Category Archives: goat milk soaps

Naming Soap

Anyone who has been around here for a while knows that I sometimes change the name of soap!  Sometimes?  One favored customer would say always!  I have slowed down naming soap quite a bit.  You see, to me, each soap has a personality and sometimes it takes several times before I have it nailed down.  Some soap needs a unique name, while others just need a name of basically, what they are.  

Some examples of how much fun soap naming is can be found in the Southern Collection.  Since I am Southern, I often take for granted the uniqueness of the South and there are words and phrases that my past generations used that are now being forgotten that should be considered precious!  Going further than that, there are different words and phrases from different areas of the South.  We drop the g’s on the end of words, we stretch out the pronunciation, and so on.  So, names of soap such as Mornin Y’all is pretty much how it is said ’round here.  A few things I remember from my childhood are never spoken anymore, as far as I know.  One thing my mother often says now is “Well, I declare,” as if that explains everything that needs explaining.  And that may be the name of my next new soap, “Well, I declare!”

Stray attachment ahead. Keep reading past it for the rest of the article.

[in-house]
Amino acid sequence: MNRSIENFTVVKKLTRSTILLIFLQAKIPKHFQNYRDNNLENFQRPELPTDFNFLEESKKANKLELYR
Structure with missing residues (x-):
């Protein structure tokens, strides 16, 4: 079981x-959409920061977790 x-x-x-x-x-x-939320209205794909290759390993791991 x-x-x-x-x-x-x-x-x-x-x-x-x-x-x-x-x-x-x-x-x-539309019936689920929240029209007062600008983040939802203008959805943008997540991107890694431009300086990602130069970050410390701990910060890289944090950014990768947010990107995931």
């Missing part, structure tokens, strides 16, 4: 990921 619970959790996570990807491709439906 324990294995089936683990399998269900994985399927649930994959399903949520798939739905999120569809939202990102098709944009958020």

The Benefits of Having Salt in a Soap!

I have made several soap varieties that contain mineral salts.  I’ve used Dead Sea Salt as well as Himalayan Pink Salt.  There are MANY other salts from various parts of the world as well that I have not used!  Although salt is an exfoliant by nature, it also contains minerals, such as magnesium, calcium, and potassium.  Our skin is naturally supposed to be mineralized but many of us lose that balance, especially as skin ages.  Salt can help with that as well as softening the skin.  When salt is introduced to water, it softens and melts and so a soap that contains salt will act the same when mixed with water and applied to the skin.

Once a few years back, I made a true Salt Bar that contained so much Dead Sea Salt that there was not much soap to go around!  It was so solid I had to cut it the same day that I made it.  It was a very different sort of soap and I loved the truly unique quality of it.  Of course, it was pretty rough, especially since I used course salt (next time I would use fine), but once put under water, and rubbed on a washcloth, then applied to skin, it was amazing!  I am considering making that again as time would permit.

The biggest source of salt is from oceans and seas.  Salt is often obtained from deep shaft mining of ancient water deposits deep in the earth.  Salt may also be obtained by solution mining where brine is pumped out and taken to a plant for evaporation.  And there is also solar evaporation which would be my favorite method, if I could choose.  The salt that I have used in my soap comes from this method of extraction.  Salt is truly a gift and is one of the most abundant minerals on Earth.What-is-salt

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Inspiration Stone Soap